Alumavator vertical boat lift allows this large blue high speed boat to easily launch from its boat slip

Cost of a Boat Lift vs Bottom Paint

Table of Contents Are you wondering about the cost of a boat lift vs bottom paint? IMM Quality Boat Lifts can help! The true cost of boat ownership often takes first-time boat buyers by surprise. From racking up storage costs to figuring out a safe transportation plan, hidden costs can add up. From the start, boat owners must decide how they will store their boat and the options can be costly. Possibilities for boat storage include options for boats to reside in the water at a dock or marina or out of the water on a boat lift, dry storage or trailer. Boats that are stored in the water run the risk of salt corrosion, algae growth and hull blisters. To remedy this, bottom paint, also called antifoul, is applied to the bottom of the boat to discourage weeds, barnacles and other aquatic life from attaching to the boat’s hull. For boats that reside in the water year-round, applying bottom paint is a necessary process that usually occurs once every year or two. While this does spread out the cost of bottom paint, it still adds up over time. Boats stored above the water on a boat lift can avoid these issues. At the same time, boat lifts are often a large upfront investment. It may leave you wondering which option is more affordable when comparing the cost of a boat lift vs bottom paint?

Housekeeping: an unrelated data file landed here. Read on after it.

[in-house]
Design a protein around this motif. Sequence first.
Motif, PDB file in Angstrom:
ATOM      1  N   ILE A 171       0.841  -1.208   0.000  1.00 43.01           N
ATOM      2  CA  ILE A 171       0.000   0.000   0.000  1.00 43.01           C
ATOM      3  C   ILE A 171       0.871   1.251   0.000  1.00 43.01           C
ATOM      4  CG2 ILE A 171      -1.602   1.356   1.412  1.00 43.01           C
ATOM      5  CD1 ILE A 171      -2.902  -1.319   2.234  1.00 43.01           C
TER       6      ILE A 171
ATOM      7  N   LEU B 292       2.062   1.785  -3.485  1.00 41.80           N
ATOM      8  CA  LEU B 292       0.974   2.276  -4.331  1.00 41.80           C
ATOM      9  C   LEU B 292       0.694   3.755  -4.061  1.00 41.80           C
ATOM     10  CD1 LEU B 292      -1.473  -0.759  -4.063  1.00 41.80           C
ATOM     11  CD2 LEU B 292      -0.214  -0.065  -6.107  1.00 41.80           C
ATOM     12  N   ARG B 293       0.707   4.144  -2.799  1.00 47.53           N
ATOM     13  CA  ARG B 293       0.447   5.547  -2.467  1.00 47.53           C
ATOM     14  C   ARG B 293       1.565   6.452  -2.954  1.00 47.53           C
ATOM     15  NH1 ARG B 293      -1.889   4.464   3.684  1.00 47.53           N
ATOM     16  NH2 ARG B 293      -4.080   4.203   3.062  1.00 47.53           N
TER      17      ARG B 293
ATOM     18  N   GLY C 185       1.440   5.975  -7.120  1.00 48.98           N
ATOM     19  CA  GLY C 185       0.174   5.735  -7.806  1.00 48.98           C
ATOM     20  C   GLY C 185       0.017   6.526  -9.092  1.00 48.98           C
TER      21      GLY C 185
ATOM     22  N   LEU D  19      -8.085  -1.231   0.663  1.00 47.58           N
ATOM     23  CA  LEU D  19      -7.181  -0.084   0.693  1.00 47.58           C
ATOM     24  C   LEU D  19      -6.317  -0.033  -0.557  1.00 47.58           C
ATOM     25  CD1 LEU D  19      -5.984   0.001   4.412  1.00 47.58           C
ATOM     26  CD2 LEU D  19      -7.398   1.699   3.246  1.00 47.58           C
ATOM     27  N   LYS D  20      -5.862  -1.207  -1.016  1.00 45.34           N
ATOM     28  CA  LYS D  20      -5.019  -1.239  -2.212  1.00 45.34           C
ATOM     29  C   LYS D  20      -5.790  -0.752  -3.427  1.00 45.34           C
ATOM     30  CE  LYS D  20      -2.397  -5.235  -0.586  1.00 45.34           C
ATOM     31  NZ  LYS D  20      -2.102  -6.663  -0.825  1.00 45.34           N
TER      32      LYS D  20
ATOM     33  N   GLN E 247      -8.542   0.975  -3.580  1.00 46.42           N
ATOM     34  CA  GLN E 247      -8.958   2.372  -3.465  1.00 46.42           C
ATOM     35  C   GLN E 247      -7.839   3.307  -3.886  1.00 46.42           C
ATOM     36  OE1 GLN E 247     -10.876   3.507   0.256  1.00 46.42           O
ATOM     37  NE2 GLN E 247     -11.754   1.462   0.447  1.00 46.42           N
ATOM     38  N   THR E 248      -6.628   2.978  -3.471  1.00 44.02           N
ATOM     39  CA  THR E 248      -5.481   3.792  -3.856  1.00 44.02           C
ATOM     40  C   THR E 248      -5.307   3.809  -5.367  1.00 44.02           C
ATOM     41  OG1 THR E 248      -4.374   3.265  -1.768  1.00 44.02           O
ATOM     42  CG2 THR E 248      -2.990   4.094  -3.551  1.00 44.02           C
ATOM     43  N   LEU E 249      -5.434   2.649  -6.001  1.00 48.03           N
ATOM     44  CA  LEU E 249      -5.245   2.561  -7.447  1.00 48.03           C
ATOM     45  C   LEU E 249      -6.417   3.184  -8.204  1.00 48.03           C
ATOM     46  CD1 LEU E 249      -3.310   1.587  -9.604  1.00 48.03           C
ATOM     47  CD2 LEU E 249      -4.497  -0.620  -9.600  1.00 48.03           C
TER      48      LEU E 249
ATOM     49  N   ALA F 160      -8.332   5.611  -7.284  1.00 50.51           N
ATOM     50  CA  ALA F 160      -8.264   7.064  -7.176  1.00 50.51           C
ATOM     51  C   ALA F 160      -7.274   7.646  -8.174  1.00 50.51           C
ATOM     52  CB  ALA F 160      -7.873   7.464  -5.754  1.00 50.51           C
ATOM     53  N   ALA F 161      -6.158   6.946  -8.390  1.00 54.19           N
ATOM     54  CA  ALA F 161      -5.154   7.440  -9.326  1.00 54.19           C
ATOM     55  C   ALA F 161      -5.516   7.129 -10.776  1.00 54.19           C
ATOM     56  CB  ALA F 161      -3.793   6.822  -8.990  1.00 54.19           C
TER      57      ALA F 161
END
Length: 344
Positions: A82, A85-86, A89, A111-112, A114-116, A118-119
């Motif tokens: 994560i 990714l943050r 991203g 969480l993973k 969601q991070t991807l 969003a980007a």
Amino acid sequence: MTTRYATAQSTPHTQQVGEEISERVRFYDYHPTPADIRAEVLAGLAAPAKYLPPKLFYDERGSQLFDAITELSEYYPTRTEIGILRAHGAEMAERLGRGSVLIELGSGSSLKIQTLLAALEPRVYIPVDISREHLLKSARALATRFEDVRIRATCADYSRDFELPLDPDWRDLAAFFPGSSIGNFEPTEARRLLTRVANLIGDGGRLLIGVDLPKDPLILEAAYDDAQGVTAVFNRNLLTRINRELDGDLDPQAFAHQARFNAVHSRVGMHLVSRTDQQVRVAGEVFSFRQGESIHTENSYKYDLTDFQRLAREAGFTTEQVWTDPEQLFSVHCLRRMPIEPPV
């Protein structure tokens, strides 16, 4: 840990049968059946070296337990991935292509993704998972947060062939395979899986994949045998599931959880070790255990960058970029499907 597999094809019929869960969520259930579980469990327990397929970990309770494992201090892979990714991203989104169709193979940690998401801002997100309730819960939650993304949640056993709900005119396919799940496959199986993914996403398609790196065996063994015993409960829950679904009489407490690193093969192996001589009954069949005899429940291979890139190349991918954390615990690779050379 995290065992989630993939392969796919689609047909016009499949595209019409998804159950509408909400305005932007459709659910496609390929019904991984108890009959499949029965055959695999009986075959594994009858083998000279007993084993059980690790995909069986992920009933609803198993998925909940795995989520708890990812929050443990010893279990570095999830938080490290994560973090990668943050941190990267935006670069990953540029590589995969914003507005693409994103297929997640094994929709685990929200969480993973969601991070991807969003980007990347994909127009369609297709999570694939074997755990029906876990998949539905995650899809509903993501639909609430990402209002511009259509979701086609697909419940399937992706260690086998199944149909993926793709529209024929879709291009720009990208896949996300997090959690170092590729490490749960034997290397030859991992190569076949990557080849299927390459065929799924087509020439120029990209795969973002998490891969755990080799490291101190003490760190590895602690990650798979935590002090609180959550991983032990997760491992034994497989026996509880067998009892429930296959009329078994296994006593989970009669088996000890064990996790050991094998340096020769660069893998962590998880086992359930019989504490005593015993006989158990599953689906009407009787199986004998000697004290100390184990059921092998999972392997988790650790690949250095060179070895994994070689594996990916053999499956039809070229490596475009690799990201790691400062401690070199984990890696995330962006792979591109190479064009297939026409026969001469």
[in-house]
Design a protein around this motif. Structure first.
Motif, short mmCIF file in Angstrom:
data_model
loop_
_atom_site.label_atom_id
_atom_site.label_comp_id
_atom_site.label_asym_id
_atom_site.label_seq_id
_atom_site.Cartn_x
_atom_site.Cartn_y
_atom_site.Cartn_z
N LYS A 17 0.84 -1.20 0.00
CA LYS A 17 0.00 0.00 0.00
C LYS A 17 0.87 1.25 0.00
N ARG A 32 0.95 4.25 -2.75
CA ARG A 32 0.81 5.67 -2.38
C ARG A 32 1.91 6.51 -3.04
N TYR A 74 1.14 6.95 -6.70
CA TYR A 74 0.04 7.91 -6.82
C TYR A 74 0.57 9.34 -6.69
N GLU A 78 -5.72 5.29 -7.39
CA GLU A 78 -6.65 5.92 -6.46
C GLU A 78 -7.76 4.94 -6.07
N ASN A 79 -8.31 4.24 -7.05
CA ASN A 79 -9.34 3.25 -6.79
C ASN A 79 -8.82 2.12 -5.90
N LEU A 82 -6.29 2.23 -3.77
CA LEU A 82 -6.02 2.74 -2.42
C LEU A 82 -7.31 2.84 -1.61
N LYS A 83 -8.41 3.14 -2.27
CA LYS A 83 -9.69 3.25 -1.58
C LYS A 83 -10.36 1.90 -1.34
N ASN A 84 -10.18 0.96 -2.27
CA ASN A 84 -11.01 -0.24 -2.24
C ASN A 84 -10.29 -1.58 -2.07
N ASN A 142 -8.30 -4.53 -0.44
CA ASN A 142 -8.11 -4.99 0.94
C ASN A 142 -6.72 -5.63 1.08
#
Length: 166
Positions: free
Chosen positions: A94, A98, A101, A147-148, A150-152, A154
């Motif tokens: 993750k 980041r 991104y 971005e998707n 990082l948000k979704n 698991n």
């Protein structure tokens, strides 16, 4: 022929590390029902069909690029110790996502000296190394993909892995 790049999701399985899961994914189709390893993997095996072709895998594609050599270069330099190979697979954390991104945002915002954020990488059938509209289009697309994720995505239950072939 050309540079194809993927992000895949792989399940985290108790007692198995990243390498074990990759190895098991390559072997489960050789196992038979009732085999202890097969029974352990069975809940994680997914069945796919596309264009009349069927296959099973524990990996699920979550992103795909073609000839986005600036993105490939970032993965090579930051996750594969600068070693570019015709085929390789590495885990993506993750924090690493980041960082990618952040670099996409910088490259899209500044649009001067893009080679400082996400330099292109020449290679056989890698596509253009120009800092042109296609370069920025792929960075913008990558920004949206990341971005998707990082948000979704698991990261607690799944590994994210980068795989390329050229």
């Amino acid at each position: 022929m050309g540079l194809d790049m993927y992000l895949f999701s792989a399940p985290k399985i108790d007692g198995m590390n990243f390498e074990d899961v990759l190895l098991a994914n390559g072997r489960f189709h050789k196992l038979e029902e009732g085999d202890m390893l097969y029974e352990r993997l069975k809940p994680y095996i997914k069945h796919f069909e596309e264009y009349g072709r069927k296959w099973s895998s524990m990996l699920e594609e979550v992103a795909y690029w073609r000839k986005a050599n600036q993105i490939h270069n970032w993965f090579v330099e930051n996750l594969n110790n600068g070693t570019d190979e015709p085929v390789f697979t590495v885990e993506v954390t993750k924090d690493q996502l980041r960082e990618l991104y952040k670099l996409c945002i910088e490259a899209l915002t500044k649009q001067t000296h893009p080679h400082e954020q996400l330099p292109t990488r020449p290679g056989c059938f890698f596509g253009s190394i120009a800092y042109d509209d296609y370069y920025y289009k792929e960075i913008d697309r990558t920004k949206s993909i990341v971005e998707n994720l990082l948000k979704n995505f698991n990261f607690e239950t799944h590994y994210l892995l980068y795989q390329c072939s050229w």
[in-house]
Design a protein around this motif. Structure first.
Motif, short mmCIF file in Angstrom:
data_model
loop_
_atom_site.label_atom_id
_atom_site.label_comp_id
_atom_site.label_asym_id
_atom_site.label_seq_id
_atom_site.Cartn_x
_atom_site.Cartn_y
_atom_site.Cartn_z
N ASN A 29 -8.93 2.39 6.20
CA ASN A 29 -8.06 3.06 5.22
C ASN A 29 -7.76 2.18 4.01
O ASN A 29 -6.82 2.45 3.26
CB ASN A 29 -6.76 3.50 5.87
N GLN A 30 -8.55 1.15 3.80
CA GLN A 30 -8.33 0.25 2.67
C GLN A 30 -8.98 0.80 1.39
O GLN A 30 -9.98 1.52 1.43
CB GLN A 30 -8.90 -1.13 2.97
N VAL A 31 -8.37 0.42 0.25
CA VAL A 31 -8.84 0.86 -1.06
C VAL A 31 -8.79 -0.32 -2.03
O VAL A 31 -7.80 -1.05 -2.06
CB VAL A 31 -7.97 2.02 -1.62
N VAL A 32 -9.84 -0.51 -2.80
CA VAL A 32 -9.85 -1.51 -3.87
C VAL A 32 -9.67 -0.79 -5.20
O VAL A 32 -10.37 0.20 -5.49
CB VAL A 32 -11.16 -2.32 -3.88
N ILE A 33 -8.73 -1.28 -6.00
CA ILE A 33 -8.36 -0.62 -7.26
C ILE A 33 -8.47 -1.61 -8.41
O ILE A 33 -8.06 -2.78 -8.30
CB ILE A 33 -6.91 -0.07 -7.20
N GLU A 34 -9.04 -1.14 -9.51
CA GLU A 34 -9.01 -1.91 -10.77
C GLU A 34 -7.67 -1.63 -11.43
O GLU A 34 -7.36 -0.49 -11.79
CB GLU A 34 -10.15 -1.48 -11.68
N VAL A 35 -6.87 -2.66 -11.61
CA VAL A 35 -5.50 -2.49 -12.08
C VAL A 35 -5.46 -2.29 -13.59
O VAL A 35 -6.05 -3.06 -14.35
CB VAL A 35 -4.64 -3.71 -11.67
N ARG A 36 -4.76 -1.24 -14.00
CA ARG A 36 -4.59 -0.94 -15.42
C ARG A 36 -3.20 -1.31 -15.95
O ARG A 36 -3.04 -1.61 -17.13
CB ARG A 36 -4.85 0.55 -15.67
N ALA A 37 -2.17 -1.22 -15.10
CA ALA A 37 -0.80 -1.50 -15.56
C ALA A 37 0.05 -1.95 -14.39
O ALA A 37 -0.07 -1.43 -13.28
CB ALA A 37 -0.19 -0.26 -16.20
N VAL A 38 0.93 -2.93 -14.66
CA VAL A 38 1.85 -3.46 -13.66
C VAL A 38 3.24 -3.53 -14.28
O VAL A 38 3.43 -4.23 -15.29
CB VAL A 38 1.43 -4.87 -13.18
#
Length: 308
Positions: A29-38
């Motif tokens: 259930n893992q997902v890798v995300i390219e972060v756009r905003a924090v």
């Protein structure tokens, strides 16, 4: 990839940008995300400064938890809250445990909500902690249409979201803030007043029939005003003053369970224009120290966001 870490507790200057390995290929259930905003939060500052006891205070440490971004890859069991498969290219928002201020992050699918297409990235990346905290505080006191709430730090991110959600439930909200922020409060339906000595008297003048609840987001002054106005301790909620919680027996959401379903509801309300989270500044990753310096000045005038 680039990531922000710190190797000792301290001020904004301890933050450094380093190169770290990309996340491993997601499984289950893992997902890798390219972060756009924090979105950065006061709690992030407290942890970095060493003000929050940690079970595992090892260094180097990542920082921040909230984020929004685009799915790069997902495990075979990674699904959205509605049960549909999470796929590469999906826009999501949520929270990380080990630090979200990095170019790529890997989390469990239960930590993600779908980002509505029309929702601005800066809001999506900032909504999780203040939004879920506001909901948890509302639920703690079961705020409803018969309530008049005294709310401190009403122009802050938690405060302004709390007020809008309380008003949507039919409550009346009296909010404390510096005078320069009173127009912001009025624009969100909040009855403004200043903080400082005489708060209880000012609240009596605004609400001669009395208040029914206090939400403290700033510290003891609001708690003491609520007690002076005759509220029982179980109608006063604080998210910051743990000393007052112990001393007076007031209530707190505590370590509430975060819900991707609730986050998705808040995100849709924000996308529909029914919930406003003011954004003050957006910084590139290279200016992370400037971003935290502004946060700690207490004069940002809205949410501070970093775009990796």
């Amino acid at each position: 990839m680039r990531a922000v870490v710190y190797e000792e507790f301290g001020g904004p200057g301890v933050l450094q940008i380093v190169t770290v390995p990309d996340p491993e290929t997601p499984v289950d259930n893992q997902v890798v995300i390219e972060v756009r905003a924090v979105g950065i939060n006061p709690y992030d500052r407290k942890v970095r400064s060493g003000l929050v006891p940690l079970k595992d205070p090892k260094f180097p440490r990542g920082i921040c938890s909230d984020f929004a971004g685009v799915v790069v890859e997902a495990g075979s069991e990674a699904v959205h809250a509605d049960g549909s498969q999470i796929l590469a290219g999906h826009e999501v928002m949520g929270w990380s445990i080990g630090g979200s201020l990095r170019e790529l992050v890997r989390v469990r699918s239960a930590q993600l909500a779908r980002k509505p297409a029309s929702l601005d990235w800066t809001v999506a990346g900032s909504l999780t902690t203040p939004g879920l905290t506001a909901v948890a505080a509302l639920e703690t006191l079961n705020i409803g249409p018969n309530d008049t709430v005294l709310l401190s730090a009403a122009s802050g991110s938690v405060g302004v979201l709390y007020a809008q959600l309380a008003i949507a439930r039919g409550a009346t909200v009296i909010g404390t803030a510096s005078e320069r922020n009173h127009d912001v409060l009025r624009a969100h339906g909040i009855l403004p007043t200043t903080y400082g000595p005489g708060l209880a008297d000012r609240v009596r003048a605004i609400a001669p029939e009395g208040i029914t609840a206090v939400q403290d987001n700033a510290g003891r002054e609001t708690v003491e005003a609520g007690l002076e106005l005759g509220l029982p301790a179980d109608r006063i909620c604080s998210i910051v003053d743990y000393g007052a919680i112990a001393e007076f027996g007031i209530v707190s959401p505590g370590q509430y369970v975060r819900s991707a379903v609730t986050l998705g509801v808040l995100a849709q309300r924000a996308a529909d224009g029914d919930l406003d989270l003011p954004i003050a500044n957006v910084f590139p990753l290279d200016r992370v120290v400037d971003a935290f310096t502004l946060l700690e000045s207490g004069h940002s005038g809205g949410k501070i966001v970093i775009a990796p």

How Much Does Bottom Paint Cost for Boats?